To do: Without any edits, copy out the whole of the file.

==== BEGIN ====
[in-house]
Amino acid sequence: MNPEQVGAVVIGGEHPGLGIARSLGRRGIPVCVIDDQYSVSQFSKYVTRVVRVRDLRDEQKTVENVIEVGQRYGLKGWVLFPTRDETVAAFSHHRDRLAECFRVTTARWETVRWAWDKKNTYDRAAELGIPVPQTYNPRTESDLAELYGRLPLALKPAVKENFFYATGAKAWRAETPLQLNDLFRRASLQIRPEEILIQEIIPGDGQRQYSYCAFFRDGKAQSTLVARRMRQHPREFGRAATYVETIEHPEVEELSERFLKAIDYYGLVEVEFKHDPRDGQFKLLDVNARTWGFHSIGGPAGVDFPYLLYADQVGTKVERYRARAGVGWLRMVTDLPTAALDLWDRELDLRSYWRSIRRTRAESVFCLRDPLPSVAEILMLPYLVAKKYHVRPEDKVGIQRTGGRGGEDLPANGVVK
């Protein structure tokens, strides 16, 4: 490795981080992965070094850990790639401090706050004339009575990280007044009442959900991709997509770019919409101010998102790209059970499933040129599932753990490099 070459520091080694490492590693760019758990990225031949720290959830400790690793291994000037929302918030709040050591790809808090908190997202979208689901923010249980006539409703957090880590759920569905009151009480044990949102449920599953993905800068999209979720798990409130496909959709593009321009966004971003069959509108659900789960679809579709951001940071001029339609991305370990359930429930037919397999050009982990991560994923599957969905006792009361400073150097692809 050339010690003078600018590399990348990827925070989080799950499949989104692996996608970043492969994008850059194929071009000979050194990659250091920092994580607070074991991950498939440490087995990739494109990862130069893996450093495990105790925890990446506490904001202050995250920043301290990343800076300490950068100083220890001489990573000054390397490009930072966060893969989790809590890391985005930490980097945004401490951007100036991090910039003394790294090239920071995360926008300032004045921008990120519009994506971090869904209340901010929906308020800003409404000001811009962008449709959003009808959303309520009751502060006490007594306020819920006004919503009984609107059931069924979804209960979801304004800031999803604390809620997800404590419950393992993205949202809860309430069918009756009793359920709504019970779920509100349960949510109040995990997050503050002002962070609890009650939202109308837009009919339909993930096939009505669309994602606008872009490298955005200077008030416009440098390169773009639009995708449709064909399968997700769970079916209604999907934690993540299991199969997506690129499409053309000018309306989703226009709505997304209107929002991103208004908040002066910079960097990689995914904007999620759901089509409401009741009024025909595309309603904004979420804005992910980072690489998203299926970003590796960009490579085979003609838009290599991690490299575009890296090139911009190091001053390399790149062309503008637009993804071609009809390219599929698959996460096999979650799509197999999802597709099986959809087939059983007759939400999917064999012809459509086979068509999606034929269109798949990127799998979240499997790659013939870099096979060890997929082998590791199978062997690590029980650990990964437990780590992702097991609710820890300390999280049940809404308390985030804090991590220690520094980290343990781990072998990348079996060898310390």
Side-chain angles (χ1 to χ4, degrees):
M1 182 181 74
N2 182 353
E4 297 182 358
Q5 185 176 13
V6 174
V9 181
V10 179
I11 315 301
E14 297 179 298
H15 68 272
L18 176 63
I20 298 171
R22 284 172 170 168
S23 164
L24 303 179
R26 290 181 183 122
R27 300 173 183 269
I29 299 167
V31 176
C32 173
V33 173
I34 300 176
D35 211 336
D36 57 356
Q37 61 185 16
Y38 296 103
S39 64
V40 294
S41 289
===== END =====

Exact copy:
[in-house]
Amino acid sequence: MNPEQVGAVVIGGEHPGLGIARSLGRRGIPVCVIDDQYSVSQFSKYVTRVVRVRDLRDEQKTVENVIEVGQRYGLKGWVLFPTRDETVAAFSHHRDRLAECFRVTTARWETVRWAWDKKNTYDRAAELGIPVPQTYNPRTESDLAELYGRLPLALKPAVKENFFYATGAKAWRAETPLQLNDLFRRASLQIRPEEILIQEIIPGDGQRQYSYCAFFRDGKAQSTLVARRMRQHPREFGRAATYVETIEHPEVEELSERFLKAIDYYGLVEVEFKHDPRDGQFKLLDVNARTWGFHSIGGPAGVDFPYLLYADQVGTKVERYRARAGVGWLRMVTDLPTAALDLWDRELDLRSYWRSIRRTRAESVFCLRDPLPSVAEILMLPYLVAKKYHVRPEDKVGIQRTGGRGGEDLPANGVVK
């Protein structure tokens, strides 16, 4: 490795981080992965070094850990790639401090706050004339009575990280007044009442959900991709997509770019919409101010998102790209059970499933040129599932753990490099 070459520091080694490492590693760019758990990225031949720290959830400790690793291994000037929302918030709040050591790809808090908190997202979208689901923010249980006539409703957090880590759920569905009151009480044990949102449920599953993905800068999209979720798990409130496909959709593009321009966004971003069959509108659900789960679809579709951001940071001029339609991305370990359930429930037919397999050009982990991560994923599957969905006792009361400073150097692809 050339010690003078600018590399990348990827925070989080799950499949989104692996996608970043492969994008850059194929071009000979050194990659250091920092994580607070074991991950498939440490087995990739494109990862130069893996450093495990105790925890990446506490904001202050995250920043301290990343800076300490950068100083220890001489990573000054390397490009930072966060893969989790809590890391985005930490980097945004401490951007100036991090910039003394790294090239920071995360926008300032004045921008990120519009994506971090869904209340901010929906308020800003409404000001811009962008449709959003009808959303309520009751502060006490007594306020819920006004919503009984609107059931069924979804209960979801304004800031999803604390809620997800404590419950393992993205949202809860309430069918009756009793359920709504019970779920509100349960949510109040995990997050503050002002962070609890009650939202109308837009009919339909993930096939009505669309994602606008872009490298955005200077008030416009440098390169773009639009995708449709064909399968997700769970079916209604999907934690993540299991199969997506690129499409053309000018309306989703226009709505997304209107929002991103208004908040002066910079960097990689995914904007999620759901089509409401009741009024025909595309309603904004979420804005992910980072690489998203299926970003590796960009490579085979003609838009290599991690490299575009890296090139911009190091001053390399790149062309503008637009993804071609009809390219599929698959996460096999979650799509197999999802597709099986959809087939059983007759939400999917064999012809459509086979068509999606034929269109798949990127799998979240499997790659013939870099096979060890997929082998590791199978062997690590029980650990990964437990780590992702097991609710820890300390999280049940809404308390985030804090991590220690520094980290343990781990072998990348079996060898310390």
Side-chain angles (χ1 to χ4, degrees):
M1 182 181 74
N2 182 353
E4 297 182 358
Q5 185 176 13
V6 174
V9 181
V10 179
I11 315 301
E14 297 179 298
H15 68 272
L18 176 63
I20 298 171
R22 284 172 170 168
S23 164
L24 303 179
R26 290 181 183 122
R27 300 173 183 269
I29 299 167
V31 176
C32 173
V33 173
I34 300 176
D35 211 336
D36 57 356
Q37 61 185 16
Y38 296 103
S39 64
V40 294
S41 289